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Poll: Senate race between Cruz, O'Rourke a dead heat

The Texas Senate race between Sen. Ted CruzRafael (Ted) Edward CruzSenate panel deadlocks in vote on sweeping elections bill Senate descends into hours-long fight over elections bill Ocasio-Cortez hits Yang over scrapped Eid event: 'Utterly shameful' MORE (R-Texas) and Rep. Beto O'RourkeBeto O'RourkeO'Rourke clarifies remarks, leaves door open to gubernatorial bid O'Rourke says he's not planning on run for Texas governor O'Rourke slams Cruz for video of border visit MORE (D-Texas) is neck and neck, according to a new poll released Wednesday.

The 2018 Texas Lyceum Poll showed Cruz leading O'Rourke by a hair — 41 percent to 39 percent, respectively, among likely voters. That's well within the survey's margin of error of 4.67 percentage points of 441 likely voters. 

That's a particularly tight margin for Texas, which has not elected a Democrat to the Senate in three decades.

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The findings come weeks after O'Rourke, a three-term congressman, reported a staggering $10.4 million fundraising haul in the second quarter of the 2018 cycle, bringing his cash on hand to just under $14 million.

That's far more than the incumbent Cruz, who raised about $4.1 million in the second quarter and has about $9.3 million in cash on hand, Federal Election Commission filings show.

Texas has normally been a reliably red state, voting for President TrumpDonald TrumpKinzinger, Gaetz get in back-and-forth on Twitter over Cheney vote READ: Liz Cheney's speech on the House floor Cheney in defiant floor speech: Trump on 'crusade to undermine our democracy' MORE over his Democratic challenger Hillary ClintonHillary Diane Rodham ClintonSchumer: 'The big lie is spreading like a cancer' among GOP America departs Afghanistan as China arrives Young, diverse voters fueled Biden victory over Trump MORE by 9 points in 2016.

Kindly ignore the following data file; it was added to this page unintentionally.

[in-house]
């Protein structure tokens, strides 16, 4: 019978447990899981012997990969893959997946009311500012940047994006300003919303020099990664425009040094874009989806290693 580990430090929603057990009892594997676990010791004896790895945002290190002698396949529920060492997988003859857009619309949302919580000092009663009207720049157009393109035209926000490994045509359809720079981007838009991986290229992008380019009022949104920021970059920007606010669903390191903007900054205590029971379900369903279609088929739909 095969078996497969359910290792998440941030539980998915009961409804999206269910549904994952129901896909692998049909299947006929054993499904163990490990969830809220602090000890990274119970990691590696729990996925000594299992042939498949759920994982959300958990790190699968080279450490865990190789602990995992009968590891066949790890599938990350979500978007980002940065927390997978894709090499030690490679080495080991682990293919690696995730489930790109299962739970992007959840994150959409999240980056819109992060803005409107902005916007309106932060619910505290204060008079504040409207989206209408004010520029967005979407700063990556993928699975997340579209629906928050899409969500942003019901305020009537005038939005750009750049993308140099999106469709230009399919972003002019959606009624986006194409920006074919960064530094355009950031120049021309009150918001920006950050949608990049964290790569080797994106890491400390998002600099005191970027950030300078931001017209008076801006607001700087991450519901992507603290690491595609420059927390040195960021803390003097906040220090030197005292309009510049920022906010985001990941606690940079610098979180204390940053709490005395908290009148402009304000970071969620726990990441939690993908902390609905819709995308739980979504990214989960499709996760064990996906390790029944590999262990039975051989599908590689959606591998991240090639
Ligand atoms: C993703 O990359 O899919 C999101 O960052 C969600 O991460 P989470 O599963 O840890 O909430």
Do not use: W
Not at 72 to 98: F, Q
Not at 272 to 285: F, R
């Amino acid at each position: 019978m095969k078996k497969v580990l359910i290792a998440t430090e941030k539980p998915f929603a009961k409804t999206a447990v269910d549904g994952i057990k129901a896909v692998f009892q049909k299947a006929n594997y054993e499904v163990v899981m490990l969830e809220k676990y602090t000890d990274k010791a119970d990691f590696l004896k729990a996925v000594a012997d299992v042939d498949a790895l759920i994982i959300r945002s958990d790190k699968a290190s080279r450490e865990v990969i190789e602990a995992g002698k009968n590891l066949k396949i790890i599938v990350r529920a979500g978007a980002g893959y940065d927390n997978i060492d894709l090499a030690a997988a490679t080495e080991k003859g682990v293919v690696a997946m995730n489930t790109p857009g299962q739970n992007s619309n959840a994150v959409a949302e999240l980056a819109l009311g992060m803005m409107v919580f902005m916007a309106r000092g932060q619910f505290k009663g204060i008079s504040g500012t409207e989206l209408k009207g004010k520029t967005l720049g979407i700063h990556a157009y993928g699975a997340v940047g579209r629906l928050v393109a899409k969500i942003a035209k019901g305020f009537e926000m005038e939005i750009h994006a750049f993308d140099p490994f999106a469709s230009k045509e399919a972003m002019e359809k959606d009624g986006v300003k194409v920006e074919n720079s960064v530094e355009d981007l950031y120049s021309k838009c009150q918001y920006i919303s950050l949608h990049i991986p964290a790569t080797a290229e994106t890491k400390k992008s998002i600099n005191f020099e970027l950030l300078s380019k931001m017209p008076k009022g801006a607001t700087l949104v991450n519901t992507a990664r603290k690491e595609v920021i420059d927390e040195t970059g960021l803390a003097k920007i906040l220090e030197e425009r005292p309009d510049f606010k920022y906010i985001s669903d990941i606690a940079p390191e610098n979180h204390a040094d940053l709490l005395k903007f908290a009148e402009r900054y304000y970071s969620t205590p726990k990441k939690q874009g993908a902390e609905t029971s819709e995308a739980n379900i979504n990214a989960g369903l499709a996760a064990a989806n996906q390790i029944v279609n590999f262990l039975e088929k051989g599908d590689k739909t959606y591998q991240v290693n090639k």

Chris Wilson, a former pollster for Cruz's 2016 presidential campaign, called the poll's findings into question on Wednesday, saying that the partisan breakdown for the survey “looks nothing like Texas voters.”

While the poll shows a close race for the Senate, Republicans vying for other statewide offices fared much better.

Gov. Greg Abbott, who is seeking a second term in office, is leading his Democratic challenger Lupe Valdez 44 percent to 25 percent, respectively, among registered voters. And incumbent Lt. Gov. Dan Patrick is ahead of Democrat Mike Collier 32 percent to 23 percent among registered voters.

Among likely voters in the poll, their margins increase even more: 16 points for Abbott and 10 points for Patrick.

The Texas Lyceum poll surveyed 806 registered voters across Texas from July 9-25. That includes a subset of 441 likely voters. It has a margin of error of plus or minus 3.45 percentage points for registered voters and 4.67 for likely voters.